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On 'Medulla,' Bjork coos, grunts, and mesmerizes

Most of the world knows Bjork as the unusual Icelandic girl who wore an anatomically correct swan dress to the Oscars a few years ago. It was an intensely unsettling look and so is the image on the cover of Bjork's new album, "Medulla," where her hair is woven into a slick mask that ropes around her eyes and the letters of the album's title have been molded into black jewels that drip onto her ghostly chest. Truth be told, anyone who feels dazed and confused by her fashion sense is probably better off without Bjork's music.

You have no idea how exotic this bird is.

Bjork began her career as lead vocalist in the avant-pop Icelandic sextet the Sugarcubes, carved an early solo niche as an eccentric dance-floor pixie, and stunned everyone brave enough to make it through 1997's "Homogenic" -- a symphony of chilled strings, stuttering beats, and tremendous depth that defied every law regarding the separation of beauty and chaos. Next came the soundtrack to Lars Von Trier's "Dancer in the Dark" (Bjork was named best actress at Cannes for her starring role in the film): "Selmasongs" was a surreal suite of Technicolor reveries set to clanking machines, followed by 2001's "Vespertine," a twinkling, celestial collection that was no less innovative for its delicacy.

Now we have "Medulla," in stores today, and it will surprise no one to learn that on her seventh album Bjork once again rearranged the rules of sound to suit her bottomless musical whimsy. The songs on "Medulla" are made mostly of voices. Some of them come out sounding like a voice: the short, prayer-like "Show Me Forgiveness," for instance, is a simple, stately a cappella tune. Others push gently but firmly at the conventional form: on "Oceana," which Bjork was commissioned to compose and perform at the opening ceremonies of the 2004 Olympics, vocal samples are programmed into a magical aquatic soundscape. And the deep harmonic convergence on "Submarine" sounds very much like Bobby McFerrin in the wake of an alien abduction.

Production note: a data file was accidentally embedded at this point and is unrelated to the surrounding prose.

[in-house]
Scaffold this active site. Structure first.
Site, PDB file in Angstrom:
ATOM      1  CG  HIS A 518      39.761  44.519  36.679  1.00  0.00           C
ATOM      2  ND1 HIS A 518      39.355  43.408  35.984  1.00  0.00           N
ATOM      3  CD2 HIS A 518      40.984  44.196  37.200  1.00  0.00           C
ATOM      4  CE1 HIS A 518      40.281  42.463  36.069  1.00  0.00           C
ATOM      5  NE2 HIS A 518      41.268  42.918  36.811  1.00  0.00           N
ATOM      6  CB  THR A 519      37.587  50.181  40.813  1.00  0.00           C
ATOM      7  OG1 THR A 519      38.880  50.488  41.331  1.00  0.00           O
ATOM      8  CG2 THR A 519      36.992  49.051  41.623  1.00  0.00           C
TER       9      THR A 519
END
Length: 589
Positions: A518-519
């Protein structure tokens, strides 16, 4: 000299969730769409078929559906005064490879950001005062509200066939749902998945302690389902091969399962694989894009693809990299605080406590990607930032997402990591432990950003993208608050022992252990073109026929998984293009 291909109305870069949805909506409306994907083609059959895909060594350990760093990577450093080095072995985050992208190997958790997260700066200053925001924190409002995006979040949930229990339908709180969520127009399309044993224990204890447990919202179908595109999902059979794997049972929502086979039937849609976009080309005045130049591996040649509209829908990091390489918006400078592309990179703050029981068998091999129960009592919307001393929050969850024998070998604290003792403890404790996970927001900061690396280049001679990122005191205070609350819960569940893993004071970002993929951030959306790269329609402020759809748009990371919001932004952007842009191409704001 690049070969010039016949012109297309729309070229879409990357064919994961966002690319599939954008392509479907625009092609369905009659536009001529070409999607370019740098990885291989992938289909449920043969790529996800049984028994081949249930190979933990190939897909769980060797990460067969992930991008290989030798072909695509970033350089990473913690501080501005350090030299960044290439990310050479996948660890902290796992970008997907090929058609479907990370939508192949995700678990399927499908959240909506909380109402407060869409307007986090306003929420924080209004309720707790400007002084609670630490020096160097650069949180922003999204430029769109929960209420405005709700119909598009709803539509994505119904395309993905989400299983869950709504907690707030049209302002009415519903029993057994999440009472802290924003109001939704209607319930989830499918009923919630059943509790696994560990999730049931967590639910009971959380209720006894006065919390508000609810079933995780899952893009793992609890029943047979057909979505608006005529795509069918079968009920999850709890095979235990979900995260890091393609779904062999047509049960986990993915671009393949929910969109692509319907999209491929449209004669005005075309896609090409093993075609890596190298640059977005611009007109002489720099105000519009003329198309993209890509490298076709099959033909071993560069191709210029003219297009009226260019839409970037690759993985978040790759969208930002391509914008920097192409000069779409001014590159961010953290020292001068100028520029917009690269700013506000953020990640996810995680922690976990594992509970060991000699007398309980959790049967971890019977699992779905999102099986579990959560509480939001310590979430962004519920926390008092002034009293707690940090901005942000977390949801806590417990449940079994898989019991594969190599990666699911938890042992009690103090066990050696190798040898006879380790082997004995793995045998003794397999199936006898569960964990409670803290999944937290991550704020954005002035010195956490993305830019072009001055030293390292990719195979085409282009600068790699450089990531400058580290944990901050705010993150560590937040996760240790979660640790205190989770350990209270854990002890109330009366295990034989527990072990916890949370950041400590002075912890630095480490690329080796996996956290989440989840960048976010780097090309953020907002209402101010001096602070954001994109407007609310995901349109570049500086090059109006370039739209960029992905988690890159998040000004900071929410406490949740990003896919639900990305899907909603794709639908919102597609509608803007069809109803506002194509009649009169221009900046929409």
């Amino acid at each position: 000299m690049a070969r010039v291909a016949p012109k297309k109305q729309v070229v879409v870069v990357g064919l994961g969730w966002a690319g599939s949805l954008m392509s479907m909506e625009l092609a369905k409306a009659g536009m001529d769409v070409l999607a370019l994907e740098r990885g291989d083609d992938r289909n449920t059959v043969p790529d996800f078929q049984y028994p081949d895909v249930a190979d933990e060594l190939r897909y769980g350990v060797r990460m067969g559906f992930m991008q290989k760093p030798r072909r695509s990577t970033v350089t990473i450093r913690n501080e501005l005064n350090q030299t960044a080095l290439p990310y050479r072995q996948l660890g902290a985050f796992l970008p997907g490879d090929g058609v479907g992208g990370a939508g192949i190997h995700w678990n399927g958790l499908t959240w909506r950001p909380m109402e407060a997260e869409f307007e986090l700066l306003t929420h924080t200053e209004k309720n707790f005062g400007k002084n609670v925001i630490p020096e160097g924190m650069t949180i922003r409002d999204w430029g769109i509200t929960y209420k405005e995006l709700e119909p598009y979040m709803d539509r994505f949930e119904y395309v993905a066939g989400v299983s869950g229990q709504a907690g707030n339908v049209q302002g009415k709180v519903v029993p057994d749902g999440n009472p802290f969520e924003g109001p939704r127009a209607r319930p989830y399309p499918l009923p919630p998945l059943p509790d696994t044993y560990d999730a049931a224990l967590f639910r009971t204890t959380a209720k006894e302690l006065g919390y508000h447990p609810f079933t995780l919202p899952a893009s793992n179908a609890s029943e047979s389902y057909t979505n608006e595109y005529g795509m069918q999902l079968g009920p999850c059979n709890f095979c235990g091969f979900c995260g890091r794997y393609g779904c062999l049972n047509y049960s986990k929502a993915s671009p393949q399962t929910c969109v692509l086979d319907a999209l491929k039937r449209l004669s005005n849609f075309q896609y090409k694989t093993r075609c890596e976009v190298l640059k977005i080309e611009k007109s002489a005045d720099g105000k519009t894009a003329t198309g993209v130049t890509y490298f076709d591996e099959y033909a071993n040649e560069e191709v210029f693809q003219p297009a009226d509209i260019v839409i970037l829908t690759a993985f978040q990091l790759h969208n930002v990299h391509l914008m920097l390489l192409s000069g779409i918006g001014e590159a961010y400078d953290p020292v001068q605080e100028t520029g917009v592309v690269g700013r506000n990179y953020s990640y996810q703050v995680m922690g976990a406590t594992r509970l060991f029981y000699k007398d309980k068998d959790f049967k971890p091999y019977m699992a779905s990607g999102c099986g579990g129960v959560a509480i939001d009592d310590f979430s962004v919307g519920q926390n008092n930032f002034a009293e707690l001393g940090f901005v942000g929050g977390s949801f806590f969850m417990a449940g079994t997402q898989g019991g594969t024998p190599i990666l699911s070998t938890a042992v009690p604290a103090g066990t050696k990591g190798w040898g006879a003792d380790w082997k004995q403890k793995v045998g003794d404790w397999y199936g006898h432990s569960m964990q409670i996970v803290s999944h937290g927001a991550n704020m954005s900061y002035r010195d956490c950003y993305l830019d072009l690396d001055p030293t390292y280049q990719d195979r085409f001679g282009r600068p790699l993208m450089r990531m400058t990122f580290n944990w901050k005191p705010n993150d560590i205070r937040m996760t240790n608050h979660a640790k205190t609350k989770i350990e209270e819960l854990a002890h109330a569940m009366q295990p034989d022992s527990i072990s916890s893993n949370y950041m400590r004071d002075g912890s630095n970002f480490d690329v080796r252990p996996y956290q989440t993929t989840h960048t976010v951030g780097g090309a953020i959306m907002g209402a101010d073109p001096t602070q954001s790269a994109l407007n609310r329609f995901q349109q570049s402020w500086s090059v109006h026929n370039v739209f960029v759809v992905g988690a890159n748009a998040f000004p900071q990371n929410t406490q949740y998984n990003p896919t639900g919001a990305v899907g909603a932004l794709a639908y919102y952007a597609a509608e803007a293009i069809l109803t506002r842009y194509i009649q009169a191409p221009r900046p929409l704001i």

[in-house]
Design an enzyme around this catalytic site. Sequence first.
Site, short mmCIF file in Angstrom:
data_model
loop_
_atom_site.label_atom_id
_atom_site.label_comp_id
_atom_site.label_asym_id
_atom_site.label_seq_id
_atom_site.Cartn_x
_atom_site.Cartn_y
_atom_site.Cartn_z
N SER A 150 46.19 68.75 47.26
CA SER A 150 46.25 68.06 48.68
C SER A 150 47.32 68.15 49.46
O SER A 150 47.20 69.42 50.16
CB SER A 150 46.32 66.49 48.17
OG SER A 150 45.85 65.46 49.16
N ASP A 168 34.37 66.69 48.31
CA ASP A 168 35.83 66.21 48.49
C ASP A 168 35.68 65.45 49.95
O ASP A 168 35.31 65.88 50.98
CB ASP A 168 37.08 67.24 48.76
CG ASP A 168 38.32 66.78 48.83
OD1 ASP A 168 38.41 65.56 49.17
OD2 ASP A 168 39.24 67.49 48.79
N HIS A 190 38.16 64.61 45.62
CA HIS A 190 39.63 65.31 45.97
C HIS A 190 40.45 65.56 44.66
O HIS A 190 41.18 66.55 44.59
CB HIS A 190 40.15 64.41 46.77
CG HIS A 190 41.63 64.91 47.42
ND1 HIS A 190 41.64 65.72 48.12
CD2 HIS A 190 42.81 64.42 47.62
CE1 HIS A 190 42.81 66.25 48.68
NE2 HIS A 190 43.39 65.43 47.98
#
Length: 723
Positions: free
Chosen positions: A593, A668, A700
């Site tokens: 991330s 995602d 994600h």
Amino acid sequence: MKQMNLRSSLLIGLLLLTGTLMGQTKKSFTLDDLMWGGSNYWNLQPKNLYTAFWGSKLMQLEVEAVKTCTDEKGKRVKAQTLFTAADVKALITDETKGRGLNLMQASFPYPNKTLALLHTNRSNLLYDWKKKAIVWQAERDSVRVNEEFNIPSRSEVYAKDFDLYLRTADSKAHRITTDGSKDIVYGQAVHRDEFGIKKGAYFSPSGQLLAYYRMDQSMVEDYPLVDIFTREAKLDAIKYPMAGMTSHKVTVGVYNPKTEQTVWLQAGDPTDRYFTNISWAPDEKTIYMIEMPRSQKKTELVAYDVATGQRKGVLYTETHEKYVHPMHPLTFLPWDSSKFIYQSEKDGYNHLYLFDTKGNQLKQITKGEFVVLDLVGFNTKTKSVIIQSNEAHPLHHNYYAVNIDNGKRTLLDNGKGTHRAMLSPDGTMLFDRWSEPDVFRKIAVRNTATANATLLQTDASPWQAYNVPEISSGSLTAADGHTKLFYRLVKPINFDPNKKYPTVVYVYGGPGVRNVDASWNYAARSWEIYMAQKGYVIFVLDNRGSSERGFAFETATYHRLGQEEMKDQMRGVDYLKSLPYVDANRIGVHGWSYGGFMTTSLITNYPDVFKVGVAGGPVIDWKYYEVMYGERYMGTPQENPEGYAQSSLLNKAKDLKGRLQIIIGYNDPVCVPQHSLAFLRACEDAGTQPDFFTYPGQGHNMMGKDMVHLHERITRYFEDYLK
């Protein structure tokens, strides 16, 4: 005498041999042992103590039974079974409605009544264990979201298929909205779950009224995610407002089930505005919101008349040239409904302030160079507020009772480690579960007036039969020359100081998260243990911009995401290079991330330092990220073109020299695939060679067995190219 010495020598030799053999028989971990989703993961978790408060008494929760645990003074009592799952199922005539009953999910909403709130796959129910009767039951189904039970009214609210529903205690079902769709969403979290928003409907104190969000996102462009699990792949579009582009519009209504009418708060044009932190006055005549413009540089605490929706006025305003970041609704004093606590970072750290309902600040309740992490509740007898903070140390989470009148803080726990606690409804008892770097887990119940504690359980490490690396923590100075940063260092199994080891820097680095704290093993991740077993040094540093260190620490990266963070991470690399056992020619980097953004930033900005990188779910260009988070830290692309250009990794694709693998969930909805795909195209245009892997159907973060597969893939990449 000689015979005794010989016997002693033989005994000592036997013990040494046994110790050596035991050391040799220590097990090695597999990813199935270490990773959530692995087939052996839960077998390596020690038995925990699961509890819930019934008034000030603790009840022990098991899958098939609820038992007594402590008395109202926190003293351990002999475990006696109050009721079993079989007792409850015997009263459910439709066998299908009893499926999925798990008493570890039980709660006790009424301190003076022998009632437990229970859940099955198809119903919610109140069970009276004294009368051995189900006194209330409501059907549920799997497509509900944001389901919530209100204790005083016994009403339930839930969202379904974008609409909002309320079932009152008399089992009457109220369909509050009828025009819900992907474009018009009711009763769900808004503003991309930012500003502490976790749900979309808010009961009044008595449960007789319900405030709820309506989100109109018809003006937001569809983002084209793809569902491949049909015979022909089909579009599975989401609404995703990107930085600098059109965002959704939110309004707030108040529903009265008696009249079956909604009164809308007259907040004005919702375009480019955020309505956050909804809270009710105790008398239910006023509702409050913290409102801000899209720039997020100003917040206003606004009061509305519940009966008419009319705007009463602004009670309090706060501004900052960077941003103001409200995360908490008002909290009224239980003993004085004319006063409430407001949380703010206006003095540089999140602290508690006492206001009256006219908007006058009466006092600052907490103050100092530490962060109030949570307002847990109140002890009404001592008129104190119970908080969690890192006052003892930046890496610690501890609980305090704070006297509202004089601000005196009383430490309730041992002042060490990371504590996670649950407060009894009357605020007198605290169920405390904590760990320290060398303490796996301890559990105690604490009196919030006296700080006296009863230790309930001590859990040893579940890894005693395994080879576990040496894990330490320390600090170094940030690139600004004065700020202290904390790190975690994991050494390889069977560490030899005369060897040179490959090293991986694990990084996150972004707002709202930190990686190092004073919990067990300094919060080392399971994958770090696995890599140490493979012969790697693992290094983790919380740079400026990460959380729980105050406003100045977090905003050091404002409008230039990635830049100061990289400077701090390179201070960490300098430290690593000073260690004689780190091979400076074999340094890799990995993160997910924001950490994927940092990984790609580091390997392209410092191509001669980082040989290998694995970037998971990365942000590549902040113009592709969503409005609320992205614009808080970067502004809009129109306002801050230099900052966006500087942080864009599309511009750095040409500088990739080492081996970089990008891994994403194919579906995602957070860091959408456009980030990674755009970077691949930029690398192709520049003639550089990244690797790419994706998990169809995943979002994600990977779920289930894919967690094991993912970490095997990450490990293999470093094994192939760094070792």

Most of the album, however, bridges a generally impenetrable aesthetic maw between the earthly roots of the raw human voice and the cutting edge of sonic experimentation. "Medulla" (Latin for marrow) is accessible and extreme and utterly unclassifiable, an end to which Bjork has enlisted the help of a typically perverse collection of collaborators -- among them the Icelandic Choir, Inuit throat-singer Tanya Tagaq, English art-rocker Robert Wyatt, the Roots' MC Rahzel, former Faith No More frontman Mike Patton, and longtime knob twiddlers Mark Bell and Mark "Spike" Stent.

An occasional keyboard, synthesized bass, and spare, mechanized beats give shape to voices that materialize in angelic clusters, hard buzzing nuggets, dissonant layers, and ecclesiastic swells. Bjork herself is fearless as ever, cooing and rasping and grunting and trilling, sprinkling words like strangely colored ornaments one minute and boring straight and clear into a delirious groove the next.

Paradox and juxtaposition are Bjork's comfort zones, as natural to her as verse and chorus are to most of her peers. In "Desired Constellation" she imagines throwing a palm full of stars on the table like dice, "repeatedly, until the desired constellation appears." It's the rare artist -- the rare person -- who trusts in chance, and intuition, and the transformational possibilities of setting off down a dark path.

For all the meticulous computer manipulations and pristine studio craft she brings to this album and all the others, Bjork begins with her sublimely unfettered imagination. That's the only place where she could possibly embrace the magnitude of ugliness and loveliness she fuses in "Ancestors." It's a place where hooks are supplied by a human trombone. And it's where the impenetrable meditations of a septuagenarian Icelandic composer ("Vokuro") go toe-to-toe with a chattering pop anthem (Bjork's "Who Is It") and come out dancing.

Joan Anderman can be reached at

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